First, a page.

You can run MASCHINE as a standalone application or integrate it into your favorite Digital Audio Workstation (DAW) by loading it as a plug-in. It is available in the VST, Audio Unit, and RTAS plug-in formats. When it is used as a plug-in within a host application, you can open multiple instances – up to the limit that your computer can handle.
There is so much more that you can do with MASCHINE and all of its abilities that it would be impossible to address them all here, but if you want to see more about its beat creation, sampling capabilities, and samples of it sounds and demos, then you can check out Native Instrument’s MASCHINE Media Page.
MASCHINE Custom Kits
Now for the first time you can customize your MASCHINE MK2 with the colorful custom kits. The kit is a 1 cm thick sheet of anodized aluminum that is available in several colors including Solid Gold, Dragon Red – the one that I have, Pink Champagne, Steel Blue, and Smoked Graphite. Along with the sheet are matching knobs that coordinate with the color scheme. It also comes with a cap remover that allows you to pull the knobs off of the MASCHINE unit to place the kit on.
As for the kit, it is very easy to put on. The little cap remover neatly slides under the knob and you just pull up on it. They slide right off. Once you have the knobs off, you lay the template on the MASCHINE and apply the new knobs on – of course you can put the old knobs back on just as well, or mix and match for a unique look.
The one complaint I have about the kit is that with the sheet on, the pads are almost flush with the kit. What this means is if you are used to doing a slide off of one pad on to another, it makes it more difficult create the same feel – this is a technique that I sometimes do to take advantage of the pressure sensitivity of the pads. But other than that, I really like the look that they give to MASCHINE.
Another MASCHINE add-on is the new MASCHINE Stand. It fits both first generation MASCHINE models and the new MK2 hardware controllers, and includes a Mounting Adapter for use with standard drum hardware. Made of aluminum, with a black anodized finish and rubber pads for non-slip grip, the stand is designed to provide a strong hold, maximum visibility and improved ergonomics for both studio and stage.
The MASCHINE STAND fits neatly into typical desktop environments, with just the right 15° angle for great visibility, ergonomic beat production and a no-wobble, non-slip stability. Locating pins prevent the hardware from shifting sideways and rubber pads front and back make sure the MASCHINE unit sits snugly on the stand. Down at the bottom, non-slip rubber feet hold the stand steady on your studio desktop.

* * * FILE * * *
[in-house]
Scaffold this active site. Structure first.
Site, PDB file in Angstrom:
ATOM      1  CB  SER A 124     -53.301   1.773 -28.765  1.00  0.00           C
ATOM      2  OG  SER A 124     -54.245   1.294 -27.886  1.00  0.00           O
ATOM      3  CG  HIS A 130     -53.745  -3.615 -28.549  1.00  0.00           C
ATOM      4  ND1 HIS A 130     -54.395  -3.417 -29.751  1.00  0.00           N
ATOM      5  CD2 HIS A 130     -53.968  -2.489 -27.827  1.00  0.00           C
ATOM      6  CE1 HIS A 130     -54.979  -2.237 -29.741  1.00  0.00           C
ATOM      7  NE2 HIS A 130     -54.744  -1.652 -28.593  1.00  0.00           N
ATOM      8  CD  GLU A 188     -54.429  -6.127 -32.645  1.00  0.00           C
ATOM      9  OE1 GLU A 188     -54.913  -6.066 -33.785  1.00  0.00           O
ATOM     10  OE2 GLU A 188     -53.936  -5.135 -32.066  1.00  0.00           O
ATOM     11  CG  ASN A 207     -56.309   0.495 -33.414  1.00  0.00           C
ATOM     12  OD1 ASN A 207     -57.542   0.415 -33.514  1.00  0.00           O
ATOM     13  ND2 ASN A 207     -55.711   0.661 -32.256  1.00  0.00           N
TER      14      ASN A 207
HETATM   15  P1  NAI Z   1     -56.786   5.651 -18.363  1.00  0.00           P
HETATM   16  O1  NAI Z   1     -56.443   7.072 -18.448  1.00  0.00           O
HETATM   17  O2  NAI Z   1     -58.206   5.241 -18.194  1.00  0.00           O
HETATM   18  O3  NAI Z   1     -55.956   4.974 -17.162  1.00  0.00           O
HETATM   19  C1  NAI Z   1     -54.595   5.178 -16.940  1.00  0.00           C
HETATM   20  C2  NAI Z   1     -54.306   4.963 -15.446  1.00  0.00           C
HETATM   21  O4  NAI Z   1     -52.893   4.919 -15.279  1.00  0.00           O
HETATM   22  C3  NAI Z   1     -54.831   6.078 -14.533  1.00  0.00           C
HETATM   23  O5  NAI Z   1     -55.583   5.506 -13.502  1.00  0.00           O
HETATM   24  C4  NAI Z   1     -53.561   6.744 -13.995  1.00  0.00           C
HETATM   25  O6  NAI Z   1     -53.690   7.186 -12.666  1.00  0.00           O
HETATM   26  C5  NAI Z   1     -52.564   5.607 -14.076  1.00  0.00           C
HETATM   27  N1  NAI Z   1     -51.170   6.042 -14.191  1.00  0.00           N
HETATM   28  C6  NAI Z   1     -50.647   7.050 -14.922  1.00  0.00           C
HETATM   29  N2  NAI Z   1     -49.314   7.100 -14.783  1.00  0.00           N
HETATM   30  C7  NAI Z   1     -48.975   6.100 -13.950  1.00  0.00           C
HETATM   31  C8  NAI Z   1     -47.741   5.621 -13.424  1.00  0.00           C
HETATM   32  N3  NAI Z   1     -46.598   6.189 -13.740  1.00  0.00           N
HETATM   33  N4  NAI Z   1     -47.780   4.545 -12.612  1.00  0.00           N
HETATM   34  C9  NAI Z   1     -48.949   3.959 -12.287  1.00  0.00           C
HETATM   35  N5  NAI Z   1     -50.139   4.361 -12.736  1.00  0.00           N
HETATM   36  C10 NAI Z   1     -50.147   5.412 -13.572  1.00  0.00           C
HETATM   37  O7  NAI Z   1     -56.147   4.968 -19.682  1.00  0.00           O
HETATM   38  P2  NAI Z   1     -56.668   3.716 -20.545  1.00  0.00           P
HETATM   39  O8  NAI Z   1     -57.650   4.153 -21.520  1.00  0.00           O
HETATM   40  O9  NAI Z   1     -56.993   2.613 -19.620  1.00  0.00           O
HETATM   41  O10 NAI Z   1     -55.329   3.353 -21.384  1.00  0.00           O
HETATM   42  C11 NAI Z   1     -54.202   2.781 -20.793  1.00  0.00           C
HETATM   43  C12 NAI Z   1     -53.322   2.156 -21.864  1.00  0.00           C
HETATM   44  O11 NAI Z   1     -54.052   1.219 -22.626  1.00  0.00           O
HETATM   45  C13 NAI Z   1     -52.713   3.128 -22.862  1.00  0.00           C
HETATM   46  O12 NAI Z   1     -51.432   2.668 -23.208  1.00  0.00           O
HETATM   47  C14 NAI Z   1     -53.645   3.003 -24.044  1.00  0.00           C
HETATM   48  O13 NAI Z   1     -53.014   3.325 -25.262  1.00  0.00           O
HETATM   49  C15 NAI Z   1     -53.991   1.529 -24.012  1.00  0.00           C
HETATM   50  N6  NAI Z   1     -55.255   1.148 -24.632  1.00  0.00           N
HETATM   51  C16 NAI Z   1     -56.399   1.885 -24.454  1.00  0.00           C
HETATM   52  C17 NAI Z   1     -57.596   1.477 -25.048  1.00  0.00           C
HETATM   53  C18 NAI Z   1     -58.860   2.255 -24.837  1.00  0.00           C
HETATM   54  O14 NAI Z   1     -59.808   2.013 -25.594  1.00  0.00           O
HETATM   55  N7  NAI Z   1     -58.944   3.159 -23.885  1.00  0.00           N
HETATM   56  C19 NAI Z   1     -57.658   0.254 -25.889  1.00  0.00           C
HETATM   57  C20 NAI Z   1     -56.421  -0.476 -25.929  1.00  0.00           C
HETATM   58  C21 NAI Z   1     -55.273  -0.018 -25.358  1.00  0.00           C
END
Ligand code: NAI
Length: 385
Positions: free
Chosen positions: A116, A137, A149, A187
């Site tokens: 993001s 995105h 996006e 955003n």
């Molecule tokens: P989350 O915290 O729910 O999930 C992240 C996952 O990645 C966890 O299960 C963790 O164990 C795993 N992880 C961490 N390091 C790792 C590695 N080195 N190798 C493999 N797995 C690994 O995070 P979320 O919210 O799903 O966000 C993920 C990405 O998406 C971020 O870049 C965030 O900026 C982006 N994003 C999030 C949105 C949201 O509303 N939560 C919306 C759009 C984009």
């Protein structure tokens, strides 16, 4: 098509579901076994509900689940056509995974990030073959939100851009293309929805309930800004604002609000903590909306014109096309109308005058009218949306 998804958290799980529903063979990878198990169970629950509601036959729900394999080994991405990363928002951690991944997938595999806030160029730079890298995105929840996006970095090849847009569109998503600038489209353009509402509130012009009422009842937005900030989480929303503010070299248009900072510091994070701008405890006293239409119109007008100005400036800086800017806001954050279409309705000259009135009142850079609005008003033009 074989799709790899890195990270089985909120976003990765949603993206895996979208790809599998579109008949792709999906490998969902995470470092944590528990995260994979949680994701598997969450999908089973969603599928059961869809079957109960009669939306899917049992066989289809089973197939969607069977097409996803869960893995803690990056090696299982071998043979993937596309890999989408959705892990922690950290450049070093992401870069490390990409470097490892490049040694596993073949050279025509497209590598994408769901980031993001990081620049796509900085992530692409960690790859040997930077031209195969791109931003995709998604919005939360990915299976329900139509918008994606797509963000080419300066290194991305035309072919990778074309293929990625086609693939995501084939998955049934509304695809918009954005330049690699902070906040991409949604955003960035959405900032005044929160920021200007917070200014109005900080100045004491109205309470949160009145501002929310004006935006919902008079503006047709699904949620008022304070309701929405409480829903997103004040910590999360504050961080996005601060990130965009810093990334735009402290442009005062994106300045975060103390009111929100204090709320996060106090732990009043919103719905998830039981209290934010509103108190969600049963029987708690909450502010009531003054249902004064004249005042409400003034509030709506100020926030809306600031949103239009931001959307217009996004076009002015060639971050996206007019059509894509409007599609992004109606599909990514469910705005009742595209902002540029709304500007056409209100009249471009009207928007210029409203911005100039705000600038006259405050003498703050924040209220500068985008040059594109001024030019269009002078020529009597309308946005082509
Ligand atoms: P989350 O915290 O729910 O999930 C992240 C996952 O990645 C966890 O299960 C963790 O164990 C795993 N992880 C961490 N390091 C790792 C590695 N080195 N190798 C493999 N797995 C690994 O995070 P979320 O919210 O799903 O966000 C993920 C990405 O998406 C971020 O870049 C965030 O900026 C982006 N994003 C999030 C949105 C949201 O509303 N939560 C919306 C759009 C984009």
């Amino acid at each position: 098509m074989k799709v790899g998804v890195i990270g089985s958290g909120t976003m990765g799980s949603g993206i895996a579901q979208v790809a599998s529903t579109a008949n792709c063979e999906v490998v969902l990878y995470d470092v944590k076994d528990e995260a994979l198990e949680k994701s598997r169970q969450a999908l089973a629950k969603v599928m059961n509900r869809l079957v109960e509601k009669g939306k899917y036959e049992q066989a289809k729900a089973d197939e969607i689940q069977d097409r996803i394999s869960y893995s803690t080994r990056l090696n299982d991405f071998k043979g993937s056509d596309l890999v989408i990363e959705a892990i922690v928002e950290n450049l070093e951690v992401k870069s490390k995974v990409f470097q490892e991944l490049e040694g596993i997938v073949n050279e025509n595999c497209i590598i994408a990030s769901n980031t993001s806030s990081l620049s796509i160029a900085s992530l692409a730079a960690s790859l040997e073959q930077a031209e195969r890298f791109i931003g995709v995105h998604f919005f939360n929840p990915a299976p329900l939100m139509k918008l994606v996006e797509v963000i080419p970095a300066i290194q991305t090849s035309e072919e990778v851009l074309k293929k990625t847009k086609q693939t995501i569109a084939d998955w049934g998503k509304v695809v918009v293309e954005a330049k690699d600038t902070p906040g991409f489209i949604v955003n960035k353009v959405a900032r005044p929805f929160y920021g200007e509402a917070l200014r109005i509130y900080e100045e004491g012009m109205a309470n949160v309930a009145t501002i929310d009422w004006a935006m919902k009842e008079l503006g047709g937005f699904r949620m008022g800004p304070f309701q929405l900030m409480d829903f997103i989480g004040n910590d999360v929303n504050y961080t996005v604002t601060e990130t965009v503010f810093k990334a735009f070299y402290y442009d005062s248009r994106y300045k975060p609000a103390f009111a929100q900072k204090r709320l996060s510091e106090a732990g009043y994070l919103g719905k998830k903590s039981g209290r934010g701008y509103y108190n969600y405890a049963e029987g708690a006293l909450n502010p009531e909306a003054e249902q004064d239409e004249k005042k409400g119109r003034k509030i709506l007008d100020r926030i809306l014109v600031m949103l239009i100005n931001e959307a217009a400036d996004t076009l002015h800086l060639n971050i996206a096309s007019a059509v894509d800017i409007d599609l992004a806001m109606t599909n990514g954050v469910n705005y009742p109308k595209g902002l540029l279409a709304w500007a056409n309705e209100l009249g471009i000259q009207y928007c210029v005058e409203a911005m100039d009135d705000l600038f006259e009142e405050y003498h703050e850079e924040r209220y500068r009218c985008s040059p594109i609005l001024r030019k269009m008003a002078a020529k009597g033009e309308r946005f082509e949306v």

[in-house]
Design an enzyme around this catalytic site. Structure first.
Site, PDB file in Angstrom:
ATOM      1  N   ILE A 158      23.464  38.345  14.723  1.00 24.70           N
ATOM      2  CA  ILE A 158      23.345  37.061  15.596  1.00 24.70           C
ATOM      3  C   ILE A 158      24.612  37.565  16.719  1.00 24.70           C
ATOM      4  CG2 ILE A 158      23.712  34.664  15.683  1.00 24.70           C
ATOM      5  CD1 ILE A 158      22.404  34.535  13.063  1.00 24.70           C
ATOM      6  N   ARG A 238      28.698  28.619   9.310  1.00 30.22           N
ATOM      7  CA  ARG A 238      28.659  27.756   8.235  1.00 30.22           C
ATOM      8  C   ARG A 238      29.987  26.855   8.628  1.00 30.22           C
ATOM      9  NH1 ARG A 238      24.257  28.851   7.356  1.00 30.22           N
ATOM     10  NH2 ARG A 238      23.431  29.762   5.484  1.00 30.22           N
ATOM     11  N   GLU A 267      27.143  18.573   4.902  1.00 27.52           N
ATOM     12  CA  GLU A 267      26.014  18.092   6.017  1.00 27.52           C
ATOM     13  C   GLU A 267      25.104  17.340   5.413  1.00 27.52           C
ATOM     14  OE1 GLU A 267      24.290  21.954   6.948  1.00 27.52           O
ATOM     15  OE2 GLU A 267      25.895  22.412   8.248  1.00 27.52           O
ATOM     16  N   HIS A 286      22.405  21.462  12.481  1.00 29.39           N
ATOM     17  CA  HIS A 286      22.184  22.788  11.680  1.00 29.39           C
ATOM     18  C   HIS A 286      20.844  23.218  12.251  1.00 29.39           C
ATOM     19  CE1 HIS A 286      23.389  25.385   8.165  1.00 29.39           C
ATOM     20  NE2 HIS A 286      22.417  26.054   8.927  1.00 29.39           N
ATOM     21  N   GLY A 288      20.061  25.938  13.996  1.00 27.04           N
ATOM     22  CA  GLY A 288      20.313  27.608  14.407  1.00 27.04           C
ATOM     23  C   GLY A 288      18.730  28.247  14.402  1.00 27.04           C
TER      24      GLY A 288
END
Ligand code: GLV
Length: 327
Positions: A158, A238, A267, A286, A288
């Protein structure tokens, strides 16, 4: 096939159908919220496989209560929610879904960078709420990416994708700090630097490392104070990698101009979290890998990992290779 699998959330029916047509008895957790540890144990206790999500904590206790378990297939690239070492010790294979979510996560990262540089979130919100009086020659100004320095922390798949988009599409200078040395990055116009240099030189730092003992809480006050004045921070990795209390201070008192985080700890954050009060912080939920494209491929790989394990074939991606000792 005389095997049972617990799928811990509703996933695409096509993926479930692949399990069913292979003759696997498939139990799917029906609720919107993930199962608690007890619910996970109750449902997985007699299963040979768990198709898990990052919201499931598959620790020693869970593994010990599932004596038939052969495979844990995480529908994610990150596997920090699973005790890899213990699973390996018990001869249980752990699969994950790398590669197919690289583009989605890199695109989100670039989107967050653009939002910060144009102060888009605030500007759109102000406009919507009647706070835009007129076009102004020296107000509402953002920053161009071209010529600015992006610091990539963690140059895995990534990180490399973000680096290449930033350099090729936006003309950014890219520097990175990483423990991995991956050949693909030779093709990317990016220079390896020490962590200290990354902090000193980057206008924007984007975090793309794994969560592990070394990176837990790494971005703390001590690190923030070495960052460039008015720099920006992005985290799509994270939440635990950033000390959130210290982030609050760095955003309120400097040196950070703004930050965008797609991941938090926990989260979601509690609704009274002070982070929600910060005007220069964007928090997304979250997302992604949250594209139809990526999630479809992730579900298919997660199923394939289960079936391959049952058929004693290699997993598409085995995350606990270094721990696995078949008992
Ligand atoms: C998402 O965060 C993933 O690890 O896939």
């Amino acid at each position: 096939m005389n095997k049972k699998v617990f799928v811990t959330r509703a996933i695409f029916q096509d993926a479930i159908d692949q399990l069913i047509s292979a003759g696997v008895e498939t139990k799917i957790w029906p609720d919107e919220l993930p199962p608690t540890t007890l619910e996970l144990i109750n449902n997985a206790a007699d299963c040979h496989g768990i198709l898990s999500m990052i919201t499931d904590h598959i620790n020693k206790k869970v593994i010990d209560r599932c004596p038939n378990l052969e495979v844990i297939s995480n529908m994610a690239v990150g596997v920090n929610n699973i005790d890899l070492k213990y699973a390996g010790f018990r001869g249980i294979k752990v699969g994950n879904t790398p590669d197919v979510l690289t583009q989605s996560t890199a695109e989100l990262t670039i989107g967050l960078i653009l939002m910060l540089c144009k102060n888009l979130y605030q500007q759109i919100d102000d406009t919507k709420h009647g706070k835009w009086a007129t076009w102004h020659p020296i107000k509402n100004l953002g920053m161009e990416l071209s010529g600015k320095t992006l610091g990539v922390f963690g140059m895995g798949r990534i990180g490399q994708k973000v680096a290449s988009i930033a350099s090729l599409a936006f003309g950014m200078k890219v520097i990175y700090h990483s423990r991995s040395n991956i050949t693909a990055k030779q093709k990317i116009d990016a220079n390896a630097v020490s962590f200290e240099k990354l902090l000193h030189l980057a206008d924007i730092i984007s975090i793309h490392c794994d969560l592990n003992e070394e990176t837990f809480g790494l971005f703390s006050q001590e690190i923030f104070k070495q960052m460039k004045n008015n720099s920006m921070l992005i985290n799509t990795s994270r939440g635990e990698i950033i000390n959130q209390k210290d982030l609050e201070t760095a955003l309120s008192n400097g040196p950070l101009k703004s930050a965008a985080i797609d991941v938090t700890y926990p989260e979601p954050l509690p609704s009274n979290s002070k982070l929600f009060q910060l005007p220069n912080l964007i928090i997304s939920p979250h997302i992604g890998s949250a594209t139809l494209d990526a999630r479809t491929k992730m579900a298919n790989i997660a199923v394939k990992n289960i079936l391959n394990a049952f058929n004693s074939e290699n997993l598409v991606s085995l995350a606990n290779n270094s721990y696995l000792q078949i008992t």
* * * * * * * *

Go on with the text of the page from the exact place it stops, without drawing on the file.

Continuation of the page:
The stand is rugged enough for any stage, and comes complete with a sturdy, die-cast Mounting Adapter, letting you mount your MASCHINE like a snare drum on standard 7/8” drum clamps. The stand is ideal for integrating MASCHINE into your drum setup, or just to hold your MASCHINE at exactly the right height for optimum visibility and positioning when performing live. Please note, this is not for MASCHINE MIKRO.
If you are looking for the most complete beat creator/groove sequencer on the market today, then you want MASCHINE. I have found working with MASCHINE to not only be a lot of fun, but a very rewarding experience.
Don’t think that MASCHINE is just for creating beats and sequences. It can be used for just about anything you can imagine. I am getting more and more into video production and I have found using some of the soundscape instruments from KOMPLETE 8 ULTIMATE, I can use it to create scores and special effects as well. I do not think there is any limit on what MASCHINE can be used to do.
I found that everything was very logically organized and really made a lot of sense once you get used to it. There are a lot of videos that are available both on the Native Instruments site as well as on YouTube that can teach you just about anything you want to accomplish using MASCHINE. If you want to create music using a groove sequencer then I can very highly recommend MASCHINE MK2.Powered by Sidelines